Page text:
So, you do a one-on-one with somebody from your networking group and he/she gives you a lead. Now what?

That depends largely on the information provided. As a practice, you want to try and get a phone number and an e-mail address. In fact, e-mail is often an easier ice-breaker to introduce yourself and the connection to person providing the lead.

Once you have the lead’s contact info, the follow-up process should start before you end your one-on-one meeting:

  • Confirm next steps – Will the person who gave you the lead reach out to that person? If so, by when. Offer to make the initial introduction to the lead via e-mail. Mention you met with John/Jane Doe from your networking group and they suggested we should connect. Be sure to cc John/Jane on the e-mail.
  • Let it breathe – Don’t expect an immediate response, particularly if the lead hasn’t heard from Jane/John about you. Give it two business days before taking the next step.
  • Call the lead – Again, reference John/Jane and how they thought it would be beneficial for the two of you to connect. Be sure to reference the e-mail you sent and that you are just following up. Hopefully, the discussion takes its course and you can set up a meeting.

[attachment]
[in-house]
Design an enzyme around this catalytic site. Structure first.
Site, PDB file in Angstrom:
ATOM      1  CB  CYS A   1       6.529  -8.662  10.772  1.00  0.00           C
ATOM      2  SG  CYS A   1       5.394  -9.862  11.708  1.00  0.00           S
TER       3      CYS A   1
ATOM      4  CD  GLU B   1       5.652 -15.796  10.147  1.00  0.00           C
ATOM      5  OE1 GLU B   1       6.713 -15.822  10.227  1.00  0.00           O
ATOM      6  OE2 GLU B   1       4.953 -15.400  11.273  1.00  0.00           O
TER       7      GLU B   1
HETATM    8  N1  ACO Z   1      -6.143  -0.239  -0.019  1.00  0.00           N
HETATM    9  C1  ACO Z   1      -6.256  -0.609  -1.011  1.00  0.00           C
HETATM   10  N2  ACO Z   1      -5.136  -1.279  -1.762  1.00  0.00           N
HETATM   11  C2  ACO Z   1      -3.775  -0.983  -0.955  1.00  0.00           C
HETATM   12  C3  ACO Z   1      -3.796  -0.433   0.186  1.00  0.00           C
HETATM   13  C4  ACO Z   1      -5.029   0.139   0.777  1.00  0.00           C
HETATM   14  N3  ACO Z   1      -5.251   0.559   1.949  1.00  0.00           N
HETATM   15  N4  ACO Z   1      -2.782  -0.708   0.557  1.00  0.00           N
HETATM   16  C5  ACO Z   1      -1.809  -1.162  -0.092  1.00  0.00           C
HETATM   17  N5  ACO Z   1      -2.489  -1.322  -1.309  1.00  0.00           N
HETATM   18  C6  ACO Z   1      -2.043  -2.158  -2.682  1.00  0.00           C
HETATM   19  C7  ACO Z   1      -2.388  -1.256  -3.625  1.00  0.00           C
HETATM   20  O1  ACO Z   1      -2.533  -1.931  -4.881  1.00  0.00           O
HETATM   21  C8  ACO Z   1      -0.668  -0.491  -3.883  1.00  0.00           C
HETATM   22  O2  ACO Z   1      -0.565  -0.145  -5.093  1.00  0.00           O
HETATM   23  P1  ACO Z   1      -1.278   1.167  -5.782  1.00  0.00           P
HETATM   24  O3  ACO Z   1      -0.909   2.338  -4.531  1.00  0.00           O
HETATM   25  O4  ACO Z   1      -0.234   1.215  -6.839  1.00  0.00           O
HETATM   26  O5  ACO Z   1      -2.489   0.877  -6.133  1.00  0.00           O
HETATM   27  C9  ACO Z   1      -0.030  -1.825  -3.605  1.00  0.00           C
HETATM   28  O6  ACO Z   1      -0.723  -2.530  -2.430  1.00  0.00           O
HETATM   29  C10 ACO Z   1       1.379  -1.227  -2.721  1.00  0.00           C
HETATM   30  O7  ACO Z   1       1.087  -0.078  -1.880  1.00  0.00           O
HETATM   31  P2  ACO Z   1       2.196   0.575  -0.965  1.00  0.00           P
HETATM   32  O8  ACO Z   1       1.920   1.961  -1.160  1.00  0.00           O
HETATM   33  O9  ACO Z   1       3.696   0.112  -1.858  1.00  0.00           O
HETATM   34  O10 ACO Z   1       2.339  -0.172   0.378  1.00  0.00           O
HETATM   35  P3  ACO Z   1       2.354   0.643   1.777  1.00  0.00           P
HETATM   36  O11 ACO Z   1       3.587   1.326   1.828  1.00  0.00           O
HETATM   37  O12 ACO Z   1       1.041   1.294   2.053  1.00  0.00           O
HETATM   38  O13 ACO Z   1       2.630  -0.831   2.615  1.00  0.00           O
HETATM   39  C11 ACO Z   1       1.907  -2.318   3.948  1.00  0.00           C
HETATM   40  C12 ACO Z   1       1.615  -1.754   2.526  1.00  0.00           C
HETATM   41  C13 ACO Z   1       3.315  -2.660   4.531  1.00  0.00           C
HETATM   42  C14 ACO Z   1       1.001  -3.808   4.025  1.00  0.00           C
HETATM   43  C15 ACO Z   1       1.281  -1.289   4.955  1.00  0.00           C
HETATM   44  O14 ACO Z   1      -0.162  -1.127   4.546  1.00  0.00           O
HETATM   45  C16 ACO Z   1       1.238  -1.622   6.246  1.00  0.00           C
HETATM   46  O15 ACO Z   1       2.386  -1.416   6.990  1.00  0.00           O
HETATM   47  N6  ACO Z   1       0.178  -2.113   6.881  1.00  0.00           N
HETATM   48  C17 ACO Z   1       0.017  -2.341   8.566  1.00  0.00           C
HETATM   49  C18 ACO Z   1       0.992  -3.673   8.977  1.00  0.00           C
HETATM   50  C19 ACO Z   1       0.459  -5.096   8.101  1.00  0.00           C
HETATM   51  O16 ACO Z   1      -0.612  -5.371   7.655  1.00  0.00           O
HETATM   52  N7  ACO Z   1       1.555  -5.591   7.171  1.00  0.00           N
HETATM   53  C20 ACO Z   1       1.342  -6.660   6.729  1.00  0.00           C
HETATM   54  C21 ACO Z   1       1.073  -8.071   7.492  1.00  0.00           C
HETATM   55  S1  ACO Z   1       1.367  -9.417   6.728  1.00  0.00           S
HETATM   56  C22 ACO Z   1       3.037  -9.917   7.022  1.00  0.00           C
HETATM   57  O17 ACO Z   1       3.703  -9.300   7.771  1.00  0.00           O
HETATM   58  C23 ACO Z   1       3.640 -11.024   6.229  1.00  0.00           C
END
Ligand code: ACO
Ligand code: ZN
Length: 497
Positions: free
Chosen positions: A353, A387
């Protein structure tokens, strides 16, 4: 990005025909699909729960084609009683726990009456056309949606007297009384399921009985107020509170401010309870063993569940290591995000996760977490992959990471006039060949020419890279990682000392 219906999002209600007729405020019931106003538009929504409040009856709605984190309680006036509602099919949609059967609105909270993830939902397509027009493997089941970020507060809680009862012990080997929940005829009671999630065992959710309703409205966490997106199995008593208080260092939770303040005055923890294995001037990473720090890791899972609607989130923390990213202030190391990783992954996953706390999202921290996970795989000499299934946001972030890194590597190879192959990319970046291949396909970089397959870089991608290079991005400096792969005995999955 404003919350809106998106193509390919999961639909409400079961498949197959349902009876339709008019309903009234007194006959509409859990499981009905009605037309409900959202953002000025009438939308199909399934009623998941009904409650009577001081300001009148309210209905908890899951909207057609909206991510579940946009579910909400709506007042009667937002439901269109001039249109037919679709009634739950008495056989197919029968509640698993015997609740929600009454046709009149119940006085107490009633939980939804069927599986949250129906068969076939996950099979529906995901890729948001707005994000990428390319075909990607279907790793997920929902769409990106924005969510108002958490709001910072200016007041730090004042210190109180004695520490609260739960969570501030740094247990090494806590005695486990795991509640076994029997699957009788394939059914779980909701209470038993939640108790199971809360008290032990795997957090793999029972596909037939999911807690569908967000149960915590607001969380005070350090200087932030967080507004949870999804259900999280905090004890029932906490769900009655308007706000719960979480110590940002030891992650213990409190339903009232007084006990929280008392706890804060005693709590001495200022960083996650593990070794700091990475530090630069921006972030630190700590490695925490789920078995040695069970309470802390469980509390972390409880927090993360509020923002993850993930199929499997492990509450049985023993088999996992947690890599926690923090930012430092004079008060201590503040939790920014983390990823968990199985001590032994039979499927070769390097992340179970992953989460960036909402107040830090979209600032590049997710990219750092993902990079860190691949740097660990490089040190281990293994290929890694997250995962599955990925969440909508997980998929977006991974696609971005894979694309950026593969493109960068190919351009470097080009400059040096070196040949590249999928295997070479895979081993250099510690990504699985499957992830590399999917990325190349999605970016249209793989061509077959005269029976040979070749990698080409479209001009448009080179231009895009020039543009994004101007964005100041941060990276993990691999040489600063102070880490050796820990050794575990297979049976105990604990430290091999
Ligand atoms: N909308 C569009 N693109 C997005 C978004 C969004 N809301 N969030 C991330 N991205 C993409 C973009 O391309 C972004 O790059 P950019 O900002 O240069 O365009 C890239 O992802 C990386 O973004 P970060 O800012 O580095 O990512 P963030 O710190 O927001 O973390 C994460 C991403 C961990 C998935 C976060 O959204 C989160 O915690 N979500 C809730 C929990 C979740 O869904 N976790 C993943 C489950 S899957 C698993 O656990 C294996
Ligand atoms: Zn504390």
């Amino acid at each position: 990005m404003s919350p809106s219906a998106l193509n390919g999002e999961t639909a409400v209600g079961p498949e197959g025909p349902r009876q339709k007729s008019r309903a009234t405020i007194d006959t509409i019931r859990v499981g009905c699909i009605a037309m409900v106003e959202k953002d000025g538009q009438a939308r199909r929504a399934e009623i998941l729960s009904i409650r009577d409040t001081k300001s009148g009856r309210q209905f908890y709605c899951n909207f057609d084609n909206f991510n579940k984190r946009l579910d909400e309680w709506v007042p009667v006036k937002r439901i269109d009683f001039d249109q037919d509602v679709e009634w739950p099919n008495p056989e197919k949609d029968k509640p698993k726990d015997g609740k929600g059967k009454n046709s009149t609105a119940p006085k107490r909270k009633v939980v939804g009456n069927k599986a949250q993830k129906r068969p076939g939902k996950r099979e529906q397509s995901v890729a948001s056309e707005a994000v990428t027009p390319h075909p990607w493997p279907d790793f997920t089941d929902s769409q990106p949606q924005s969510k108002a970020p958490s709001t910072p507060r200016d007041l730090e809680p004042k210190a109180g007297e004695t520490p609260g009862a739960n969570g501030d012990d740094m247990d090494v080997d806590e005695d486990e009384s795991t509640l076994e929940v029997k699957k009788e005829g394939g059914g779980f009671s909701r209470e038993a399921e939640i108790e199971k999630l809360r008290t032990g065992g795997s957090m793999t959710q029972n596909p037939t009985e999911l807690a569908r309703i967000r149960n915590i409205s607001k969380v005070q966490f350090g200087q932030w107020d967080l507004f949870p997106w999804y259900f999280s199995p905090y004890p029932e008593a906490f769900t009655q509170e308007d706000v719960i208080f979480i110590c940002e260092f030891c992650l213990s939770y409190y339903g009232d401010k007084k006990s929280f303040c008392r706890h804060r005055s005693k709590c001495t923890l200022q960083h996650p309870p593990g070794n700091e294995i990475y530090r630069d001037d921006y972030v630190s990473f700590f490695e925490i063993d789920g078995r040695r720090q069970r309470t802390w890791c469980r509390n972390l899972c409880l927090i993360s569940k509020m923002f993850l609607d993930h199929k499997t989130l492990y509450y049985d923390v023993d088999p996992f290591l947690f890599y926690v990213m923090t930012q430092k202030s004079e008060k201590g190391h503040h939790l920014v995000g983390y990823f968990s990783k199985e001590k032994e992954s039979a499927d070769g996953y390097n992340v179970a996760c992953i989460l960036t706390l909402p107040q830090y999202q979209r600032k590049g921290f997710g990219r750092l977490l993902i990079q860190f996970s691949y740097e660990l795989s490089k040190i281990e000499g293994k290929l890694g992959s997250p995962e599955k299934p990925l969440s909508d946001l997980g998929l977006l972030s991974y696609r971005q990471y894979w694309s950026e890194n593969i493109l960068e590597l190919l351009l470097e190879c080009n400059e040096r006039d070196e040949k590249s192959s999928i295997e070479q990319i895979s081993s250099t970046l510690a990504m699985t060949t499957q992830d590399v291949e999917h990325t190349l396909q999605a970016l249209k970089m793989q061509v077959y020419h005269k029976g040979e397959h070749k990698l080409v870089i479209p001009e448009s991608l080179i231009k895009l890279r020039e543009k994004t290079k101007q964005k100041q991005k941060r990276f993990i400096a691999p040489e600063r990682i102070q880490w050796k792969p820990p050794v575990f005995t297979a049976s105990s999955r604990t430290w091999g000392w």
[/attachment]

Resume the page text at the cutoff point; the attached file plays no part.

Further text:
• Follow up with your networking member – Let Jane/John know if you connected with their lead. If more than a week goes by and you haven’t been able to connect, let them know that as well.

When somebody gives you a lead, there’s a responsibility of follow-up that falls on both of you. Otherwise, it’s a cold lead, which is just one notch above a cold call–and that goes against the grain of why we join networking groups.

Know that when you give or get a lead, it’s going to require effort on both parties to make it a warm referral and be prepared to do the follow-up to make that happen.